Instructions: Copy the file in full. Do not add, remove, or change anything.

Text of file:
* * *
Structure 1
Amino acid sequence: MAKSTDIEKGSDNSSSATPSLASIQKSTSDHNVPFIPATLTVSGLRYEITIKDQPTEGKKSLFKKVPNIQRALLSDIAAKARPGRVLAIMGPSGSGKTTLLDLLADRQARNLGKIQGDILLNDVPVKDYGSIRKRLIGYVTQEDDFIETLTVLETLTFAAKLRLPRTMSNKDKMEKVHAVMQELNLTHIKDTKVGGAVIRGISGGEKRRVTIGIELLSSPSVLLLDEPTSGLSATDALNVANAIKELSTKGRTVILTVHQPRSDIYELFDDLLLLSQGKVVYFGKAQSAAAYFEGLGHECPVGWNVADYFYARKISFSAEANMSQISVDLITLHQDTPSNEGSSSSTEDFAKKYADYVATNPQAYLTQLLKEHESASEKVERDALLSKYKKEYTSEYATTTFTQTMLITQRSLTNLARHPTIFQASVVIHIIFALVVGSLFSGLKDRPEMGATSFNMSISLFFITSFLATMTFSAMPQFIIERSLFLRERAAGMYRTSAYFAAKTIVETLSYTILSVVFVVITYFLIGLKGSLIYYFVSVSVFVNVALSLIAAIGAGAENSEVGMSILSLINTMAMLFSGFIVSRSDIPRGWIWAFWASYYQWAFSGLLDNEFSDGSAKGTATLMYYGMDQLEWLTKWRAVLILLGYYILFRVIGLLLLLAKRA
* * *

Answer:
Structure 1
Amino acid sequence: MAKSTDIEKGSDNSSSATPSLASIQKSTSDHNVPFIPATLTVSGLRYEITIKDQPTEGKKSLFKKVPNIQRALLSDIAAKARPGRVLAIMGPSGSGKTTLLDLLADRQARNLGKIQGDILLNDVPVKDYGSIRKRLIGYVTQEDDFIETLTVLETLTFAAKLRLPRTMSNKDKMEKVHAVMQELNLTHIKDTKVGGAVIRGISGGEKRRVTIGIELLSSPSVLLLDEPTSGLSATDALNVANAIKELSTKGRTVILTVHQPRSDIYELFDDLLLLSQGKVVYFGKAQSAAAYFEGLGHECPVGWNVADYFYARKISFSAEANMSQISVDLITLHQDTPSNEGSSSSTEDFAKKYADYVATNPQAYLTQLLKEHESASEKVERDALLSKYKKEYTSEYATTTFTQTMLITQRSLTNLARHPTIFQASVVIHIIFALVVGSLFSGLKDRPEMGATSFNMSISLFFITSFLATMTFSAMPQFIIERSLFLRERAAGMYRTSAYFAAKTIVETLSYTILSVVFVVITYFLIGLKGSLIYYFVSVSVFVNVALSLIAAIGAGAENSEVGMSILSLINTMAMLFSGFIVSRSDIPRGWIWAFWASYYQWAFSGLLDNEFSDGSAKGTATLMYYGMDQLEWLTKWRAVLILLGYYILFRVIGLLLLLAKRA